As promised, the winner of the Golden Oats Essay Contest was announced at STRIDE’s 2018 Year End Awards and Recognition Banquet. Writers were asked to share their favorite “horse memory.”
The contest was sponsored by STRIDE member and former English teacher, Lonni Bechen, and included a $50 cash prize.
And the winner is… Dale Wade, whose essay appears below.
Just Me and My Horse
By Dale Wade
Horse fever. Many a young girl has been plagued by this malady. Symptoms include a room littered with horse statues, equine magazines, and dog- eared riding books. Often, the illness can be managed with a stint at summer riding camp or weekly riding lessons. In my case, it was evident the infliction was terminal.
Around age twelve, the desire to have a horse became overwhelming. I had been obsessed by horses since my earliest memory. Never did I miss an episode of Fury, My Friend Flicka, or Roy Rogers.
For a long while, my desire was satiated by a friendship with a donkey, PeeWee, who lived on my grandparents’ farm and carried me around dutifully on a lead line. When coal mines became mechanized, Shetland ponies were no longer needed underground. Pony prices plummeted and PeeWee relinquished his duties to a stocky gray pony, Midge. But by age twelve, my long legs and I sought independence. I wanted to gallop off on my own, just me and my horse.
I saved some money and put my proposition before my mom. She promptly dismissed it. Given the problems that accompany an alcoholic husband, I couldn’t blame her. She had a lot on her plate, so I simply began dissolving into the ethos. Life was hopeless. I accepted my fate. I would be marooned in a horseless existence.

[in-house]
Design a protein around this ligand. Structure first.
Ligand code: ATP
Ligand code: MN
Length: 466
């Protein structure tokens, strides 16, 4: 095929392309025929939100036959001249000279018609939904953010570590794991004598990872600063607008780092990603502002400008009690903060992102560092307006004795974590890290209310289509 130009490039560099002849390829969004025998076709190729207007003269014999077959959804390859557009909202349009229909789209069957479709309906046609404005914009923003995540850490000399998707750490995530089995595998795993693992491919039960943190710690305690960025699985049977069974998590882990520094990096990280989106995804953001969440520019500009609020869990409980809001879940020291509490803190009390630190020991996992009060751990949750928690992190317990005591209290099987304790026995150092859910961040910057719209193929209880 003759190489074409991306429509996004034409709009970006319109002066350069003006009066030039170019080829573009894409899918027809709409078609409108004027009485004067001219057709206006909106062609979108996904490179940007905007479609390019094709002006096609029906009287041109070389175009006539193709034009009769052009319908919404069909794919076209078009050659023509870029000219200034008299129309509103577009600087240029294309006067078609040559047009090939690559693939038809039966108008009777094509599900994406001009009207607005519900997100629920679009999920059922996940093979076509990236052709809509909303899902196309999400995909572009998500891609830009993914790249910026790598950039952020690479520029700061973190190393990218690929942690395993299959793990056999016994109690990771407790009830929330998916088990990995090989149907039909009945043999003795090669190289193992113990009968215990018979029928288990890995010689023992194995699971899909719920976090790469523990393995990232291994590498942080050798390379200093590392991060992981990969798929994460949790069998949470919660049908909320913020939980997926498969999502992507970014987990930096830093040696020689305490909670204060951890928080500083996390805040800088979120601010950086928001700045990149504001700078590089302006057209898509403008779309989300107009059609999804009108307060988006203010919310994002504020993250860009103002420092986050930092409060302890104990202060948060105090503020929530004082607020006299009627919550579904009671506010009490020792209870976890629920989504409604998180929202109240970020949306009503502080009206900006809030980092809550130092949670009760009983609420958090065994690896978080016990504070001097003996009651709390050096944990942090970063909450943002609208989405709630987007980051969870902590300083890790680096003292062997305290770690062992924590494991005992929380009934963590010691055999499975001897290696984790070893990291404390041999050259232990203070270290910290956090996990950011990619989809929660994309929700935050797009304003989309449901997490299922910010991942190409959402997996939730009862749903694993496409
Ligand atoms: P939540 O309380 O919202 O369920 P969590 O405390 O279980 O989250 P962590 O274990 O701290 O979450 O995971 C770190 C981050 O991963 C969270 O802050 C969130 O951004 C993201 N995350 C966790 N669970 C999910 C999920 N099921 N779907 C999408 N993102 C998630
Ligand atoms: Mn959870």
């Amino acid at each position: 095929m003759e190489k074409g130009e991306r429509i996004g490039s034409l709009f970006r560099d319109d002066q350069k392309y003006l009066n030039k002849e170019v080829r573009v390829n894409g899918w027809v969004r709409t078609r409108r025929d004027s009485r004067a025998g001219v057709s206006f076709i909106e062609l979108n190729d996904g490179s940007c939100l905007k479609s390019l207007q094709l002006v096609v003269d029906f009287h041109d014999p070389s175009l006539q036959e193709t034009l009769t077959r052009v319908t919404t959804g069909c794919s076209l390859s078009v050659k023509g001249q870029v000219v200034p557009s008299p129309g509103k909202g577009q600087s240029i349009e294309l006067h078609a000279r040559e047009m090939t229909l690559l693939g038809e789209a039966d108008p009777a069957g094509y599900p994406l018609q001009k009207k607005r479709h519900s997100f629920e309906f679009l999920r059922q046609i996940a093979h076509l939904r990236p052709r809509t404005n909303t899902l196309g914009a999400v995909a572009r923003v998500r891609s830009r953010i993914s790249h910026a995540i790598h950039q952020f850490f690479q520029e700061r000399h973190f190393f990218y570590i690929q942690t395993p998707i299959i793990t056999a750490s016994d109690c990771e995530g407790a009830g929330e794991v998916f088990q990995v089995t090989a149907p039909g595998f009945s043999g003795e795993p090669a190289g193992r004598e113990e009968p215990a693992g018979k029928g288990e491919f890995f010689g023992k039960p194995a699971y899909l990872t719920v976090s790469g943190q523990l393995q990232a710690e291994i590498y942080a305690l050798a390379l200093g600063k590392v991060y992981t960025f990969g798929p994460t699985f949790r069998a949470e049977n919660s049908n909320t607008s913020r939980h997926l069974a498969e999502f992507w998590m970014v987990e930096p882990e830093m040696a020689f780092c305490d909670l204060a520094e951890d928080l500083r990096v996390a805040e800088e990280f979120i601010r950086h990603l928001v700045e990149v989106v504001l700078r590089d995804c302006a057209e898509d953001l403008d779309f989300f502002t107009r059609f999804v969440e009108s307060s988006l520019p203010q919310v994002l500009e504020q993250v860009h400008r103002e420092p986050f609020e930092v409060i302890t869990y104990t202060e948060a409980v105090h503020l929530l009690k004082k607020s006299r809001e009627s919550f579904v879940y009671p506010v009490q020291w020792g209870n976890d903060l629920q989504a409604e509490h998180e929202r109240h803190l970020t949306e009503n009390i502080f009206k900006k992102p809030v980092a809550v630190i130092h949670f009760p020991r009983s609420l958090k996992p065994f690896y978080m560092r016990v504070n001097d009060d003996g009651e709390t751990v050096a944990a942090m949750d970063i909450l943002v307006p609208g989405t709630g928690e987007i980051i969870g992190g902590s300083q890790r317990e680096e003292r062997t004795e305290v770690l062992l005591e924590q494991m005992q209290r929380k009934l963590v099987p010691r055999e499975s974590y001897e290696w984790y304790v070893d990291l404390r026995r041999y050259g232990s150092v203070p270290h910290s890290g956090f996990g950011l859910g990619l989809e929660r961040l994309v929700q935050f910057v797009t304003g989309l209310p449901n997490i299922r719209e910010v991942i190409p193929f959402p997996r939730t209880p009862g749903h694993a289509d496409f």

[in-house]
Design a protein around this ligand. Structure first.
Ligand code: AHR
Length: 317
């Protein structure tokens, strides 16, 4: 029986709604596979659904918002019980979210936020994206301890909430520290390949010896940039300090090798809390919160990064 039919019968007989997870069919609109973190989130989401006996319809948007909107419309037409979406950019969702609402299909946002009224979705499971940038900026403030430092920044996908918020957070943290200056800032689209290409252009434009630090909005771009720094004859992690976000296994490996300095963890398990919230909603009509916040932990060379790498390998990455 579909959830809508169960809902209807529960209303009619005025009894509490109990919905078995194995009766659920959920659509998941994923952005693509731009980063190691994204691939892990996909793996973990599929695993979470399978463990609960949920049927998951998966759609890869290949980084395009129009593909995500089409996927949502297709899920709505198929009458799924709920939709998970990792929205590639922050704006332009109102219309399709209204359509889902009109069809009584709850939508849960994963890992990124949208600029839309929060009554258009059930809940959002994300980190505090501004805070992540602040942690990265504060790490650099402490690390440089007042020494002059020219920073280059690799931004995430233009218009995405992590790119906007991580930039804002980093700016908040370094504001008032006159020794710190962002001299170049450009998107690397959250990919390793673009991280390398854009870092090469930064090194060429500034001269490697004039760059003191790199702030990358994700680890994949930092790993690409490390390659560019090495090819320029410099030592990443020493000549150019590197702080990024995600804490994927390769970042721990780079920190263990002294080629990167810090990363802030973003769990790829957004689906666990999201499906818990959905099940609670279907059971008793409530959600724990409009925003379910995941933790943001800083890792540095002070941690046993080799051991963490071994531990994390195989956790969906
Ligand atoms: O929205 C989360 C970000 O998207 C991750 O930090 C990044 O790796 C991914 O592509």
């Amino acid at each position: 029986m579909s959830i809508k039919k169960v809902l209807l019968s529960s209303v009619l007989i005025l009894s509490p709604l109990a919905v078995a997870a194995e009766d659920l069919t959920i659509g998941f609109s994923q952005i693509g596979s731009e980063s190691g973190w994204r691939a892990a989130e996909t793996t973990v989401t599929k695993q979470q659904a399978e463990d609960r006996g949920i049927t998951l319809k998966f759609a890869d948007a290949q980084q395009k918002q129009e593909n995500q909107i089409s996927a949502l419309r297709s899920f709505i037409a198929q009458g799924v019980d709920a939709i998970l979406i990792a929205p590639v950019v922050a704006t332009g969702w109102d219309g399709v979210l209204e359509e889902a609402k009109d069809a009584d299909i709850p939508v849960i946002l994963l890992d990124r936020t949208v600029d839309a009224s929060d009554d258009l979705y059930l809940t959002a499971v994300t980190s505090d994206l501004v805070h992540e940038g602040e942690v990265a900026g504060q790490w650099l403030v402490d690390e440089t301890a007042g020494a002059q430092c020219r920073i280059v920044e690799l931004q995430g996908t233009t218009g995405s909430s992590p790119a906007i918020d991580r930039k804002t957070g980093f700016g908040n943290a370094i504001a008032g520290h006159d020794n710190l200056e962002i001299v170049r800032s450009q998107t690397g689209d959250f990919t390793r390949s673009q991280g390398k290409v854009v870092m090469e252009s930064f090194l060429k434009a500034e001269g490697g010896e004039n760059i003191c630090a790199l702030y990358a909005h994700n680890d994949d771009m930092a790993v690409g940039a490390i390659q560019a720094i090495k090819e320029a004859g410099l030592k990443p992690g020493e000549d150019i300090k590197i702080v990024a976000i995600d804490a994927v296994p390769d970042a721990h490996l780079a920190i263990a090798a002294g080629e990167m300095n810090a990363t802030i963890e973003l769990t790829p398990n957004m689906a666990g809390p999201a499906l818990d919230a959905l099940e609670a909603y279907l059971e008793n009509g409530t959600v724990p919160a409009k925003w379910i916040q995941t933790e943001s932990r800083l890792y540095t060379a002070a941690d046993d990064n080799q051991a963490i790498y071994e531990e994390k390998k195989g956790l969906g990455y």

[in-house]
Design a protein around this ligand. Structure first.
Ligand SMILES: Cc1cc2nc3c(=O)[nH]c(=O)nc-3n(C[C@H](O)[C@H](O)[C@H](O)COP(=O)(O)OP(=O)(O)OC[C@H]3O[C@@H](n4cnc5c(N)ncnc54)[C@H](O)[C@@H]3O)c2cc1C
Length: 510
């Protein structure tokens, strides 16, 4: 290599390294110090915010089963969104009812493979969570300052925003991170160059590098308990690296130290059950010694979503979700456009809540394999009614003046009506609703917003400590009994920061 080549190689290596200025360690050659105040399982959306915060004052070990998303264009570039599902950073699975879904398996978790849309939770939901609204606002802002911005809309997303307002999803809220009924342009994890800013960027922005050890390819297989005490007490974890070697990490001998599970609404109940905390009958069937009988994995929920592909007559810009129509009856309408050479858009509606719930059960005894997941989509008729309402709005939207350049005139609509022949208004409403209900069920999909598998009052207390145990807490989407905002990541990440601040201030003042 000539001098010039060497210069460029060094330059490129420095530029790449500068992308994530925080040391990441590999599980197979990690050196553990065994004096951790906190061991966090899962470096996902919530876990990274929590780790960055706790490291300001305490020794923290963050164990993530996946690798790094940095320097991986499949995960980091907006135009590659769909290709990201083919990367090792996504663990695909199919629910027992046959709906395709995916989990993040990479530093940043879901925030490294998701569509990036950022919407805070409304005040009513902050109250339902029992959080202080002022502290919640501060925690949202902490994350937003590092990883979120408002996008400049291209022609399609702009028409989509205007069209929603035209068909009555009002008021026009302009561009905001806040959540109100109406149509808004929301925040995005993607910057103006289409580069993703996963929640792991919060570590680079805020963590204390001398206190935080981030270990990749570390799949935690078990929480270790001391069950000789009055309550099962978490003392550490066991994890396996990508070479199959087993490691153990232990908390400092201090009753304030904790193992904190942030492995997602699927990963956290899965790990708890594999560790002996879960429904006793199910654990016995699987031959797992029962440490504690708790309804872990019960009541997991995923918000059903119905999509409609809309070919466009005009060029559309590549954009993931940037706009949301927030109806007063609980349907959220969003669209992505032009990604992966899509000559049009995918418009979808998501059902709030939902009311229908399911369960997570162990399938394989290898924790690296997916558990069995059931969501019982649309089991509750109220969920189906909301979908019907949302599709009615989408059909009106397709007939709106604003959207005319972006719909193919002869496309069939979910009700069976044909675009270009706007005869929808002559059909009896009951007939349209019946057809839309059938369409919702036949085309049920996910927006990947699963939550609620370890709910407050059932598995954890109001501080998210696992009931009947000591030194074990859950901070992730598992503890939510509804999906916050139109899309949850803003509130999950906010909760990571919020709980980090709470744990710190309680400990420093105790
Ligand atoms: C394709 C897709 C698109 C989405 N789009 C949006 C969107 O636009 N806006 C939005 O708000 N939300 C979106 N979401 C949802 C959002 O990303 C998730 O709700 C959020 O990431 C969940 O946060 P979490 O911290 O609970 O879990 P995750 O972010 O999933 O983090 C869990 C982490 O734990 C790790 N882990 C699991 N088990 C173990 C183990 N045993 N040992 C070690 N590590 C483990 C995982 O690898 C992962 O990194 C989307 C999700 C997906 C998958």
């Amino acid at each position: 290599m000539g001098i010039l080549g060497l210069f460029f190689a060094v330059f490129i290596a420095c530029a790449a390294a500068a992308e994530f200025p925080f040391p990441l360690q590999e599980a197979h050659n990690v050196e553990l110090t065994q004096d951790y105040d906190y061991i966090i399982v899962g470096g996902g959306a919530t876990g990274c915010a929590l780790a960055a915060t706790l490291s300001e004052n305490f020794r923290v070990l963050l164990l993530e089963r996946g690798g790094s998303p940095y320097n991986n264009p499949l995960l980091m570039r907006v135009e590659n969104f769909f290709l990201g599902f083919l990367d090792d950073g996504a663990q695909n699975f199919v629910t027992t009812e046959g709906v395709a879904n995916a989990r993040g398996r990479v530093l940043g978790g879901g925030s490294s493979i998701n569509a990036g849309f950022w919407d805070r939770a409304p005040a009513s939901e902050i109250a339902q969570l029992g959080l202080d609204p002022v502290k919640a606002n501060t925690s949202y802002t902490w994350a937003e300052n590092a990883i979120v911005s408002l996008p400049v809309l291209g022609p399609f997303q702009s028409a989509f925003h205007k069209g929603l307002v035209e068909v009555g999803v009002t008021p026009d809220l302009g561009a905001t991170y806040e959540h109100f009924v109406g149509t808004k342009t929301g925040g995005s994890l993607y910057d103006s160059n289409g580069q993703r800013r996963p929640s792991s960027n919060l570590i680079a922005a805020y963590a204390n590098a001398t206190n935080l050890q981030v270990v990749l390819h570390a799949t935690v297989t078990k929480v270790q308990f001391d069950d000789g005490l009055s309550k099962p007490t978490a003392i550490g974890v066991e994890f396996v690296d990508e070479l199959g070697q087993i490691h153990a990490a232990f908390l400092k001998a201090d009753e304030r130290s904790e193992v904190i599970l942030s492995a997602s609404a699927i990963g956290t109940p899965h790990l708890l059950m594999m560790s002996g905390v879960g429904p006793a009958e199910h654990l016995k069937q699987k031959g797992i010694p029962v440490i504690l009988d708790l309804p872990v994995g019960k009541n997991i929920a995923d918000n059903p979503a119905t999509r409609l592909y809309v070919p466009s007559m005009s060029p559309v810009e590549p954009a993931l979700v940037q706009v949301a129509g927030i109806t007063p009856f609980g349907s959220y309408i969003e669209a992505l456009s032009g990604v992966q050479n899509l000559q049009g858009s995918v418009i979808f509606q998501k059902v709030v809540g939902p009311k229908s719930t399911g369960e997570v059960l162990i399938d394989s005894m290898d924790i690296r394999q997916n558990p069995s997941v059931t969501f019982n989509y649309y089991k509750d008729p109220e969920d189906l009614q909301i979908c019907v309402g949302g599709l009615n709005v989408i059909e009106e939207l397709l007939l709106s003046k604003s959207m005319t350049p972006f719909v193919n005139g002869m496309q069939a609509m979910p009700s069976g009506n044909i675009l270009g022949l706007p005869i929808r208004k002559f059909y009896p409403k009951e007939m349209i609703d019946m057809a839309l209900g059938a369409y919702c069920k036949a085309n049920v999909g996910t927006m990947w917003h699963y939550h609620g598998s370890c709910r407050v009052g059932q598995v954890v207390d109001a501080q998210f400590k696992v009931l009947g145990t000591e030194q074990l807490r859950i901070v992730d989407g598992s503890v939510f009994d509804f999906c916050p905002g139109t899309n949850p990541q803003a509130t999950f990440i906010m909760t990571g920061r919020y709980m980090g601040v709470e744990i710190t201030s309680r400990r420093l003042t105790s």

But then, one day—a reprieve! We were going to look at a horse deemed reliably solid and safe.
A stout little mare of 14.2 hands, she bore palomino and white markings and had a flowing white mane and tail. Sugar was her name, and she was the sweetest thing I had ever seen. We sealed the deal.
Lucky for me, a bridle accompanied her. I had no tack and would have none for a year or more.
Initially, good ol’ reliable Sugar faithfully dumped me every chance she got. My grandmother, who I found out later had had a role in my mother’s decision to relent, was called in to address the situation.
Grandma was old school. Unless she was doing SERIOUS farm labor, she always wore a dress. When she showed up one morning in bib overalls and sun hat with a borrowed saddle, I knew she meant business. Up went the saddle. On went Grandma, WITH AUTHORITY. Woman and horse traversed the field with ease, circling twice in both directions at walk, trot, and canter. When the exhibition was finished, Sugar chewed her bit, batted her eyelashes, and took the fifth.
Grandma dismounted and handed me the reins. “Your mother calls me crying every time you get thrown off, AND IT’S LONG DISTANCE!!! Don’t be so stupid! Use a whip!”
After that, I debarked a stick and rode briefly “with a whip.” Problem solved.
From then on, my dreams became reality as we galloped into other worlds. Barefoot and bareback, we rode through woods and creeks to collect fossils and picnic at an abandoned limestone quarry. We fought vines and thickets to survey the skeleton of an old mansion rumored to be haunted. We traversed meadows in search of wild strawberries. Sun soaked afternoons often found us at the local sandlot with Sugar resting beneath a sprawling oak tree and me at bat, determined to get a base hit.
Sugar raised me from a hopeless existence. I couldn’t wait to get home on fall afternoons to hop on Sugar and shed the shackles of school. During school, I hid books on equitation and training behind my text books and counted the seconds until the bell.
Come winter, I would ride her 20 miles to my grandparents’ farm where she would stay until the snow melted and the grass became reliably green. I would join her on weekends to romp through snow drifts, then we’d head back to the warm shelter of a hundred-year-old barn and plan our adventures for the following spring.
Eventually, I acquired some tack. Ready for the big time, I hired a man with a stock truck to take us to a horse show. He charged us $7.00 round trip. We won $15.00.
The local 4-H leader spotted us and invited us to join 4-H. We found adults willing to offer knowledge and support. We found like-minded kids and horses and a place to belong.
Now I often find myself adrift in that place between wakefulness and sleep, never alone, never sad. My childhood dog is trailing me. Embraced by the sun, bareback and barefooted, I’m riding the best horse ever— Sugar.